" . . . The ADA's prohibition against discrimination on the basis of disability includes an obligation to make reasonable accommodations to meet the needs of patients with disabilities. This has been interpreted by some as creating a requirement that physicians provide and pay for the cost of hearing interpreters for their patients who are hearing disabled. While there will be instances where a physician must provide a hearing interpreter, there is no hard and fast requirement for the provision of such services.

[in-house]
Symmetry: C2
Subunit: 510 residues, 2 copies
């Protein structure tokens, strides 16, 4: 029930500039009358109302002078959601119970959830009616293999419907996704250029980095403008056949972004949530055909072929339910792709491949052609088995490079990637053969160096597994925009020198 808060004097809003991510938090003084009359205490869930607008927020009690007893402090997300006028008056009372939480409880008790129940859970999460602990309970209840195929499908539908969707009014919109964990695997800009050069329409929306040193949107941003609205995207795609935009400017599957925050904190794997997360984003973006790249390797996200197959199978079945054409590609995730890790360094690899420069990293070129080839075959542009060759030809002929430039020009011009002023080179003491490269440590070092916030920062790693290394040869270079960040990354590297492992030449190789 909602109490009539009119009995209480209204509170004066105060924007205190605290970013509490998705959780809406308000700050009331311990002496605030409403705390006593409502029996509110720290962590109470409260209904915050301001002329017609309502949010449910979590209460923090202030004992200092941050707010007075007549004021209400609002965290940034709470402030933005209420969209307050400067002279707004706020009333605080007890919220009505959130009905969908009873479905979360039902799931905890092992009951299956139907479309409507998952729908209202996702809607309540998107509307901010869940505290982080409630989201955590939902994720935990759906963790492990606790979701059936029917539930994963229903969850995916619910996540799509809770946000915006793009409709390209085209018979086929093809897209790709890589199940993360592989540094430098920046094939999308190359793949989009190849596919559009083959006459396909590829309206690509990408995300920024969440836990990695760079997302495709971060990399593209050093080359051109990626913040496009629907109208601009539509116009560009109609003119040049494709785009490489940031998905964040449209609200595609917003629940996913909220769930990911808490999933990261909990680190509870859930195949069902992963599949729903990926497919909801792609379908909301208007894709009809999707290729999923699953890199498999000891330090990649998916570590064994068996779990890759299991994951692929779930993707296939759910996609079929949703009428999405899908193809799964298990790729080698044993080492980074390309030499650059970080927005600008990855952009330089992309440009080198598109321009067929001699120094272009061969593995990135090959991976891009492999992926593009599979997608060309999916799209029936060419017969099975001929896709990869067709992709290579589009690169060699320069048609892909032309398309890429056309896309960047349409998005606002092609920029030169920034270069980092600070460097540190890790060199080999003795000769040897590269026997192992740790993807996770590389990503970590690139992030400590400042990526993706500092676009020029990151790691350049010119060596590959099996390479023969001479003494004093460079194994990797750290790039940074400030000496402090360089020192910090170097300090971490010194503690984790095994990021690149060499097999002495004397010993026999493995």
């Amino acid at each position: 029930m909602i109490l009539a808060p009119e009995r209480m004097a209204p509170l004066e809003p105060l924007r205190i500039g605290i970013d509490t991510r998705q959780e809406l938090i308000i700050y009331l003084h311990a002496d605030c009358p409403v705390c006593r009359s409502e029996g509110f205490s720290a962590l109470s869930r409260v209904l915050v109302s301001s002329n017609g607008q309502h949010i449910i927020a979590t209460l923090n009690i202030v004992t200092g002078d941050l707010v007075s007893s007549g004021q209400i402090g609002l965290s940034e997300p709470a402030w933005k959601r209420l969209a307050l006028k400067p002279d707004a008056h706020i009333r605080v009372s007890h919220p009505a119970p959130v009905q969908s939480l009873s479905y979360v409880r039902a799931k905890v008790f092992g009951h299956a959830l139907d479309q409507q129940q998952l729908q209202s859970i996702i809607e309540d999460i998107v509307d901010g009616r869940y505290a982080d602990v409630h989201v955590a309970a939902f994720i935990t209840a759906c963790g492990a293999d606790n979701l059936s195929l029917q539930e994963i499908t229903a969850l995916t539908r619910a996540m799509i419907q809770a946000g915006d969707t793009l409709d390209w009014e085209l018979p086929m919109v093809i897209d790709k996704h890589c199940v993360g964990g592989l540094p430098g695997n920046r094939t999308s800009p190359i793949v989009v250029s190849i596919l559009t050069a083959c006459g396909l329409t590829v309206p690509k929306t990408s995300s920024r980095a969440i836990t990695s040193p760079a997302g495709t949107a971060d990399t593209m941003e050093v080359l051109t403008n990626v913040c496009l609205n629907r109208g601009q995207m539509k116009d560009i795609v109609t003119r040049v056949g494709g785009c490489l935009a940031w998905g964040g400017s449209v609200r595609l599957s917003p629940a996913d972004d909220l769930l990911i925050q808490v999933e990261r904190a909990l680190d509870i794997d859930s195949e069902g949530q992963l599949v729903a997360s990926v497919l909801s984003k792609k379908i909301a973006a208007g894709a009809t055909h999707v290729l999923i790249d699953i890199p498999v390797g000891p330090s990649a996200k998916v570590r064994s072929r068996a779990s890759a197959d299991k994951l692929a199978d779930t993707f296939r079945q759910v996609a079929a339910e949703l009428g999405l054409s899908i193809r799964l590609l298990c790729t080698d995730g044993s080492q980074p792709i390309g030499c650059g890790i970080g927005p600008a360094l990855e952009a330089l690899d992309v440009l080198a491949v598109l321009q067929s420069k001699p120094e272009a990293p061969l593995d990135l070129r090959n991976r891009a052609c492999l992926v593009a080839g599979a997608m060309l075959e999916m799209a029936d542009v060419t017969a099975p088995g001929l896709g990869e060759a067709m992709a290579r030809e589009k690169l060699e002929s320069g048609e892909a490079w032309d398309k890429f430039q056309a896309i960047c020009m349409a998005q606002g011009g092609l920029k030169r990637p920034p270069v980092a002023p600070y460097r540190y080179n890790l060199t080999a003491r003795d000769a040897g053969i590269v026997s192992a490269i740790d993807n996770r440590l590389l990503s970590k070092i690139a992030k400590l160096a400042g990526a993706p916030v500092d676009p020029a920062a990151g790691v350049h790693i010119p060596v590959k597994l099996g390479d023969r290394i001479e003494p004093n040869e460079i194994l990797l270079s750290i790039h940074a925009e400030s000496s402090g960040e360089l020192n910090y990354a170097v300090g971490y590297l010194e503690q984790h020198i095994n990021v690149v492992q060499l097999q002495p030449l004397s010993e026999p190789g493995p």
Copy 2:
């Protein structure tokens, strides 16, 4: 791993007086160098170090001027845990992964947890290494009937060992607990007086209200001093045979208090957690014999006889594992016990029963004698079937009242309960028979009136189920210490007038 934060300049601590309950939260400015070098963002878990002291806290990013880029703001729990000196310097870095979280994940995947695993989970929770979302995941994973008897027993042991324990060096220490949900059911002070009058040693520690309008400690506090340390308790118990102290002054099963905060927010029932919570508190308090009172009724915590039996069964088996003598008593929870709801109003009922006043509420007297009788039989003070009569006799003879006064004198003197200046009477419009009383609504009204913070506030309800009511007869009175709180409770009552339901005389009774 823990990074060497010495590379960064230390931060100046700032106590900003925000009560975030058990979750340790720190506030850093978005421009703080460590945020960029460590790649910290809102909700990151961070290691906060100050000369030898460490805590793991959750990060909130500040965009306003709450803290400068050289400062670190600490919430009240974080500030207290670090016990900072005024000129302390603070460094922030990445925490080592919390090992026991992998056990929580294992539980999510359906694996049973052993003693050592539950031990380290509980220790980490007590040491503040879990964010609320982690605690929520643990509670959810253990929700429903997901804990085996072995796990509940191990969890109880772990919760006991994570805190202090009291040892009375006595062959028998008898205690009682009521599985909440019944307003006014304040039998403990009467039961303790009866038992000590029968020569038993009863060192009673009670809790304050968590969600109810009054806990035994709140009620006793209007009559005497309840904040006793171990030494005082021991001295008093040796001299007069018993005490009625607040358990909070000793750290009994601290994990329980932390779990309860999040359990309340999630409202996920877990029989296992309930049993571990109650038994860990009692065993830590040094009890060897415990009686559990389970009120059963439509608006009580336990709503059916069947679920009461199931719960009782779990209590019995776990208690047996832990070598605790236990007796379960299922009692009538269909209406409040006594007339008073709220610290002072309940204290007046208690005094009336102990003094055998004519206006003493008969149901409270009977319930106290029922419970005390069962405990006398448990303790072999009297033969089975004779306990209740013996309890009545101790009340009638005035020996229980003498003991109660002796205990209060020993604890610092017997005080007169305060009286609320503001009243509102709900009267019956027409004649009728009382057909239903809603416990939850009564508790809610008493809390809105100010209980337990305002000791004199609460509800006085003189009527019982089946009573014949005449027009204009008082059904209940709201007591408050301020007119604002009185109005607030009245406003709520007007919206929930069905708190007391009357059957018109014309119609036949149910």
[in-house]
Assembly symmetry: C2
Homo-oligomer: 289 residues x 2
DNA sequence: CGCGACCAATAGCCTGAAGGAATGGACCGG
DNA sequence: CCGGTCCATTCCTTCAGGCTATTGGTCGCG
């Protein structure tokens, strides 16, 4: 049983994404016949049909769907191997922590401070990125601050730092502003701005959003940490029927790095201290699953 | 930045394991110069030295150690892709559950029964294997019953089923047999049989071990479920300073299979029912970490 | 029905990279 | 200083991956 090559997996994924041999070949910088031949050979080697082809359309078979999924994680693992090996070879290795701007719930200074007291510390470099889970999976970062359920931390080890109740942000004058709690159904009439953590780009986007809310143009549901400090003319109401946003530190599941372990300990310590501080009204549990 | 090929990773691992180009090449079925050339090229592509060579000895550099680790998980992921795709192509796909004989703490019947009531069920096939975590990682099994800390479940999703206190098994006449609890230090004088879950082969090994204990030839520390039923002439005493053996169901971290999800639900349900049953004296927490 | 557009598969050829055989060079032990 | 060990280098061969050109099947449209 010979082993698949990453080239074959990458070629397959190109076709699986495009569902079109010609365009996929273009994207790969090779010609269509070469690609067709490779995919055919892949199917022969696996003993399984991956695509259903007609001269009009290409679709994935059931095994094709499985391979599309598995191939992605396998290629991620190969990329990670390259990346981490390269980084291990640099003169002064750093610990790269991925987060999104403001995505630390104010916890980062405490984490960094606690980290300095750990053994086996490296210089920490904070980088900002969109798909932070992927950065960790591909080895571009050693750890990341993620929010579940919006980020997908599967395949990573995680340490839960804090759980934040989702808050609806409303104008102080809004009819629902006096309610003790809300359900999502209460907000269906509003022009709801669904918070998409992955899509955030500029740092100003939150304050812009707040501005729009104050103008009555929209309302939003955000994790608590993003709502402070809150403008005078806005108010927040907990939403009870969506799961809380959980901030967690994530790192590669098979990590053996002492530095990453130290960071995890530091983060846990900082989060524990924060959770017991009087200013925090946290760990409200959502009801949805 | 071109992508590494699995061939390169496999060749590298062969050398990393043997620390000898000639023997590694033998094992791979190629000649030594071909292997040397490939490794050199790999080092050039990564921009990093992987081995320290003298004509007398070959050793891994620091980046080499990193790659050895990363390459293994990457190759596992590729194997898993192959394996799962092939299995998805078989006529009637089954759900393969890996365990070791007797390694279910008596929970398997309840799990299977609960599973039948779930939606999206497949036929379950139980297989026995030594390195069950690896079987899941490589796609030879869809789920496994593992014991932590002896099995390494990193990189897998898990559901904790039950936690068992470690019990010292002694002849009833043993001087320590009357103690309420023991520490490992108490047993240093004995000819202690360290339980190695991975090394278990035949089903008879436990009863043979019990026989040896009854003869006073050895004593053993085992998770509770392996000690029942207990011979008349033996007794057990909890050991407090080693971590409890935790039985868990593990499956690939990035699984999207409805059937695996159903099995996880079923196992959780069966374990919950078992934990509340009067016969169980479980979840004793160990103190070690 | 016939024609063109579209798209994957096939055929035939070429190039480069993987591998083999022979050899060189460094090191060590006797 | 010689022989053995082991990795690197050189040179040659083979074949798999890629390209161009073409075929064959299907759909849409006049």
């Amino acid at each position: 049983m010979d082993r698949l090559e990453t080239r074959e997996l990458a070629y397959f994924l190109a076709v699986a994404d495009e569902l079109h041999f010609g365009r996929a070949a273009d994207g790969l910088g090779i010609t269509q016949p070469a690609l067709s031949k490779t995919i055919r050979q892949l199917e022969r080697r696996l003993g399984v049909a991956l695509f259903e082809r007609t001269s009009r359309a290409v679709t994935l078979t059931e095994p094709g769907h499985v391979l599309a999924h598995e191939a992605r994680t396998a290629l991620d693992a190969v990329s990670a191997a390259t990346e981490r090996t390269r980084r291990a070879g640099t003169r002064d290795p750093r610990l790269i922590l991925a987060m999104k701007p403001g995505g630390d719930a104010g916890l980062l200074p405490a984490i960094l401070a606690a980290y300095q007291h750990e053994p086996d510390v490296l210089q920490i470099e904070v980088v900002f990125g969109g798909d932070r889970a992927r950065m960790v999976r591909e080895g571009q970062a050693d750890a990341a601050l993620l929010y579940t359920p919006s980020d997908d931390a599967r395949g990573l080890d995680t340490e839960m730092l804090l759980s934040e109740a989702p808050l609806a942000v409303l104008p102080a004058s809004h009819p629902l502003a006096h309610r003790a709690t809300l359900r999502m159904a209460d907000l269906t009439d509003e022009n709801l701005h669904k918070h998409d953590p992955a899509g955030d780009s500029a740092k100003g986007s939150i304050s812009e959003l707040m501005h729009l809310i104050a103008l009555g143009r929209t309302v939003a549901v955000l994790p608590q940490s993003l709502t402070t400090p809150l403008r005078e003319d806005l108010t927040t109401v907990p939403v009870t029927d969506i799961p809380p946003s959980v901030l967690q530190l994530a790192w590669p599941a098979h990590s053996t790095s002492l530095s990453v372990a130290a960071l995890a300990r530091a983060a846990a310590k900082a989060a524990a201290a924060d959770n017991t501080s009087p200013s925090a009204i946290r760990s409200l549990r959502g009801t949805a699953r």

The ADA requirement to provide "auxiliary aids and services" includes a responsibility of making aurally delivered materials accessible for hearing disabled patients. This may be accomplished through multiple means, including qualified interpreters, note taking, written materials, and telecommunications devices for deaf persons. The first step is to determine, in consultation with the patient, the appropriate auxiliary aid or service. In some instances, such as when a conversation is particularly important relative to the care and services being provided, or is particularly complex, effective communication may only be ensured through the use of a qualified interpreter. No special accreditation is needed to meet ADA standards, and qualified interpreters may include: family members or friends, as long as they are effective, accurate, impartial (especially in personal or confidential situations), and an acceptable choice to the patient; personnel from the practice or facility; or interpreters from interpreter services.